It is hope in the resurrection that enables us to live, that enables us to endure the trials that life brings us – otherwise our life is tragic and futile, because all our works, efforts, and accomplishments will be destroyed by death, swept away by time, as if we had never existed at all.
As we begin to enter into the practice of the Jesus Prayer to engage the presence of the Spirit within ourselves we began to encounter both passing and deeper, recurring thoughts that work to distract us from calling upon the name of the Lord. What is the origin of these thoughts, and what do they show us about ourselves and how we interact with the world? How does the Church teach us to deal with distracting thought as they come to us, and make room for Christ in our hearts?
To discover one’s heart is an act of reintegration, and when the heart and mind are reunited it’s an experience of tremendous spiritual joy and delight. The image that St. John Climacus uses is that it’s like a man returning home after a long journey and embracing his wife and children. We see often on the news about soldiers returning home and embracing their wives and children and it’s so tremendously powerful to see. Imagine that as an image of what takes place when all your fragmented and dispersed thoughts and wandering mind are reconnected to the deeper part of yourself.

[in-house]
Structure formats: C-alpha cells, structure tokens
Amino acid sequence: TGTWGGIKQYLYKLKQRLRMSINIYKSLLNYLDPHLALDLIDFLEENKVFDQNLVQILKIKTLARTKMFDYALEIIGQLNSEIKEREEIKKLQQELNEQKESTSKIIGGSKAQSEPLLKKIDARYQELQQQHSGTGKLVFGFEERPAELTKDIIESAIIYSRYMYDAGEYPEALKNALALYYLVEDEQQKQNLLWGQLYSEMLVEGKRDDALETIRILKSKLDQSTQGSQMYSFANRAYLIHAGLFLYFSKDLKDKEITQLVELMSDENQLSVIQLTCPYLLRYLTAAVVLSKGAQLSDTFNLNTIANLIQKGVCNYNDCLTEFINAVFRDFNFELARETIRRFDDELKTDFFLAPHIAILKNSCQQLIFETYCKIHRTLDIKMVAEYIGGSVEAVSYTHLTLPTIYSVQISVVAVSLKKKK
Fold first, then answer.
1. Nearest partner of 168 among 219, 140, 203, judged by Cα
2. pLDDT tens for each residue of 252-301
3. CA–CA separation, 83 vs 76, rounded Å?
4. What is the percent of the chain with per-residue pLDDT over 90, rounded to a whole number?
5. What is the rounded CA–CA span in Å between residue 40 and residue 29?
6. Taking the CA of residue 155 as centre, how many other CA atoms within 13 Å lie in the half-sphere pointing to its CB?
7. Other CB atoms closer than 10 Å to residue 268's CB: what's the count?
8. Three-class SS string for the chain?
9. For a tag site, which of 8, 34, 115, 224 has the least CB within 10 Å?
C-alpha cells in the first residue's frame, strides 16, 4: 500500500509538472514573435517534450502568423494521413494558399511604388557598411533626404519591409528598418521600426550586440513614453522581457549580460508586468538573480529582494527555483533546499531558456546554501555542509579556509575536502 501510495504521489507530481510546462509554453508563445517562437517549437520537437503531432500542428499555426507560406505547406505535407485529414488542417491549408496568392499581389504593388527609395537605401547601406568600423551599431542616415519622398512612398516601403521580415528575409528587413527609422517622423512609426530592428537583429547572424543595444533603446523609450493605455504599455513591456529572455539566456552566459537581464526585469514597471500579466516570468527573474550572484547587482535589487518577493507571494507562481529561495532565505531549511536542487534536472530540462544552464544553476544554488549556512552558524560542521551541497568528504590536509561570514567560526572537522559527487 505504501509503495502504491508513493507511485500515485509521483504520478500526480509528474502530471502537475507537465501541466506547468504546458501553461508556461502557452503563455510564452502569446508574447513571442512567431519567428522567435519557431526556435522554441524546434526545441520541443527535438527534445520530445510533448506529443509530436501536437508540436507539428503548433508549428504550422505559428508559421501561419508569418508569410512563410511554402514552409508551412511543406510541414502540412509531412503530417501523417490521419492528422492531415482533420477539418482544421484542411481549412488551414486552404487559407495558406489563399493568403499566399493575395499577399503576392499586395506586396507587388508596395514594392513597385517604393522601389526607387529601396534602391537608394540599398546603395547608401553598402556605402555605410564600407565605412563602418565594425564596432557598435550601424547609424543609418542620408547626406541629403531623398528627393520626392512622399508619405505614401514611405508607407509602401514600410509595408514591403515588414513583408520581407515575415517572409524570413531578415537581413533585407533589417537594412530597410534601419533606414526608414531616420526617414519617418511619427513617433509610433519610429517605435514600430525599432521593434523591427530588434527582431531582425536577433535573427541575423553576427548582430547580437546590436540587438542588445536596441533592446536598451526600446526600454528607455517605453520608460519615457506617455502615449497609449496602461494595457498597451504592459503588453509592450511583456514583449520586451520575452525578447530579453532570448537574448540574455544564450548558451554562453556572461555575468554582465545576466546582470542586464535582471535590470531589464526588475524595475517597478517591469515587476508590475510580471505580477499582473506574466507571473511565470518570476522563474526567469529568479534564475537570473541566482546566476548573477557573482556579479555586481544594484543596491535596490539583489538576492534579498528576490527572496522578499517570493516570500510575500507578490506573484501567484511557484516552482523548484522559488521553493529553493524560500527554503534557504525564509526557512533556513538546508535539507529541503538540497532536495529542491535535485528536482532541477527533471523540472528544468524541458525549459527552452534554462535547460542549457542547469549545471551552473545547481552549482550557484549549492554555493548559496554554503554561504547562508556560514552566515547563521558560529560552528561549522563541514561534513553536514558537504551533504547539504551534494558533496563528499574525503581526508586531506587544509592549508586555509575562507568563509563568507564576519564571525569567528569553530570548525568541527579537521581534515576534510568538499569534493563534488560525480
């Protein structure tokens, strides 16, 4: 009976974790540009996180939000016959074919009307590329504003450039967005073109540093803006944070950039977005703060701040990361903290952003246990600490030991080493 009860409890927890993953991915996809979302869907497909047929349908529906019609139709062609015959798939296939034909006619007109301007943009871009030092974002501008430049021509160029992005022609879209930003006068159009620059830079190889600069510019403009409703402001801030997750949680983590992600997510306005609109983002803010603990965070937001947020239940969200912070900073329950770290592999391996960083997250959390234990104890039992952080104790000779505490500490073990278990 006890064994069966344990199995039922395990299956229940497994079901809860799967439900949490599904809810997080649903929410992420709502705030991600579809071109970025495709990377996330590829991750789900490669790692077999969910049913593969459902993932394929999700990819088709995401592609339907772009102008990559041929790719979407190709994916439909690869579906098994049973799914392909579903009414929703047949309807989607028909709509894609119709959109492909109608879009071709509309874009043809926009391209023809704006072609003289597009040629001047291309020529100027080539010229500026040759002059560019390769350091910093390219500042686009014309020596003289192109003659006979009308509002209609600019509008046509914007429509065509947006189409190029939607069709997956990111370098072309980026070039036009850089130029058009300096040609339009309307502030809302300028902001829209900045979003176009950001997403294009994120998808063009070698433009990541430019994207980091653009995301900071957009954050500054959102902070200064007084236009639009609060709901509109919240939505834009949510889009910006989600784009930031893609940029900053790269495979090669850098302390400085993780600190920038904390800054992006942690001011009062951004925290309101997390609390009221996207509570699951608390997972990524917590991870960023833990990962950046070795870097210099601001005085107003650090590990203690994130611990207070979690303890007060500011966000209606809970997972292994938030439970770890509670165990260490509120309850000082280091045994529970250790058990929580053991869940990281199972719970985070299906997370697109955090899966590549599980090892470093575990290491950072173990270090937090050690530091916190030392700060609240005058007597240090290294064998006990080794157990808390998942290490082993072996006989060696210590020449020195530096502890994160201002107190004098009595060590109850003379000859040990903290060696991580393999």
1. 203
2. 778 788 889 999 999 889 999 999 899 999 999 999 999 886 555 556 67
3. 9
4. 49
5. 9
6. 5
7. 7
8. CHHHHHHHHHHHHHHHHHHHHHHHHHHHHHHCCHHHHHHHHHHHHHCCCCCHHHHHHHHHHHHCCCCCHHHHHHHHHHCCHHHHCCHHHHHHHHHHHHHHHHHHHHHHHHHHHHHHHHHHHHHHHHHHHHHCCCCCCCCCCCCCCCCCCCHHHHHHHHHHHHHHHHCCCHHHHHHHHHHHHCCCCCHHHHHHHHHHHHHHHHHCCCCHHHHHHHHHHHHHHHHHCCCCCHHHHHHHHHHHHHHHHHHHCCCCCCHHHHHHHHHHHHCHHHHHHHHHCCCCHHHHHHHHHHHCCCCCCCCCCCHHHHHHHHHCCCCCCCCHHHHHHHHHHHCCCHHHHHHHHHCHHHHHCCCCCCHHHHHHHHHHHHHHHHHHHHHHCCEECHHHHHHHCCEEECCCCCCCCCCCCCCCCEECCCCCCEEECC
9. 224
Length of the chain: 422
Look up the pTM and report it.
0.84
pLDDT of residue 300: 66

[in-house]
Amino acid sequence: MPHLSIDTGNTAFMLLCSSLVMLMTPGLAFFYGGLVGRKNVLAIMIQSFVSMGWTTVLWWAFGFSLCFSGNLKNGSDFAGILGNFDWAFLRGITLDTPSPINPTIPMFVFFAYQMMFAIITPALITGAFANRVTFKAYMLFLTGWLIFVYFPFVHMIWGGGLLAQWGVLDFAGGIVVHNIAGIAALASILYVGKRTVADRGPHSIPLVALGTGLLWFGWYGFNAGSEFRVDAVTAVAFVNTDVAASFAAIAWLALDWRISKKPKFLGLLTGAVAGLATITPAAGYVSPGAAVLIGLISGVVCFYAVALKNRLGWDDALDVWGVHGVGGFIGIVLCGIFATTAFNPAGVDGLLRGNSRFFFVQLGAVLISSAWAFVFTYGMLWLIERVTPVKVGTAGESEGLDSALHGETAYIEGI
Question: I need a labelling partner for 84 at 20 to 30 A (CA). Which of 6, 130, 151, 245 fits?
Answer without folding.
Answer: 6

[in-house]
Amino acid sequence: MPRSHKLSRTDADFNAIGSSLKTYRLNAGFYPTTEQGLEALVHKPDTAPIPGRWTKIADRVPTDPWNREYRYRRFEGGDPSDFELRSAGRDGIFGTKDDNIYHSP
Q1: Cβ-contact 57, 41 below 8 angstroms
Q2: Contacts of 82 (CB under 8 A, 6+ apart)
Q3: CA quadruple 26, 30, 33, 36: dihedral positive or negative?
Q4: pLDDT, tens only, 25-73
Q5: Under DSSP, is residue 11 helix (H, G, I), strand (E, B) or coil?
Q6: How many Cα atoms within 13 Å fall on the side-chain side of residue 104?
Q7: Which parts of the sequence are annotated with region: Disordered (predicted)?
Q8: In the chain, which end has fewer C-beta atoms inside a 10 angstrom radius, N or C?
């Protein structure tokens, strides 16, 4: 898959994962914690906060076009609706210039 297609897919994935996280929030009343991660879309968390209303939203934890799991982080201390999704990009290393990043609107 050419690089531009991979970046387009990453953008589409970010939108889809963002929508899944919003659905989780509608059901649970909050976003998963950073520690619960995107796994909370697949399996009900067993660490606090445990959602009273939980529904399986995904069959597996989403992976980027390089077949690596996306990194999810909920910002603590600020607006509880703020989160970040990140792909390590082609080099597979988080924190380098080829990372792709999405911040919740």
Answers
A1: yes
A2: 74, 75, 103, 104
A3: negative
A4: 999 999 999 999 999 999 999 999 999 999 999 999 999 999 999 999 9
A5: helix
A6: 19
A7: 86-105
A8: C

St. Paul says you are the dwelling place of God. Is this how we normally understand ourselves? To be dwelling places inhabited by God? This is a very powerful assertion; do we take it seriously and understand what it means and what our lives mean in the context of such a statement? Do we live consistently with such a statement?
We’re all drawn to beautiful things, and of course the beauty that inheres in all beautiful things is the beauty of the Divine. The ultimate beauty that exerts its magnetic pull on us is not a beautiful face, or landscape, or piece of music, but it is the beauty of the Divine which is refracted or reflected in these earthly beauties. “Philokalia” means the love of the beautiful.
Man is a creature of great depth, created by God, but after the Fall we are easily distracted from the depths, being enamored with mere surface appearances. What in our world today serves to distract us from the depths, and what can we do about it?
It’s a human impulse to want the best and greatest when we see it, but we forget that there are other things we need to do before we’re ready to achieve that level. We think we’re ready for great achievements before we’ve even attended to little things which somehow seem beneath us. We can’t stoop to them because we’ve been called by God—we have to be seen doing great big things. But this of course is to forget the words of the Lord Who says in the Gospel that he who is faithful in a little is faithful in much.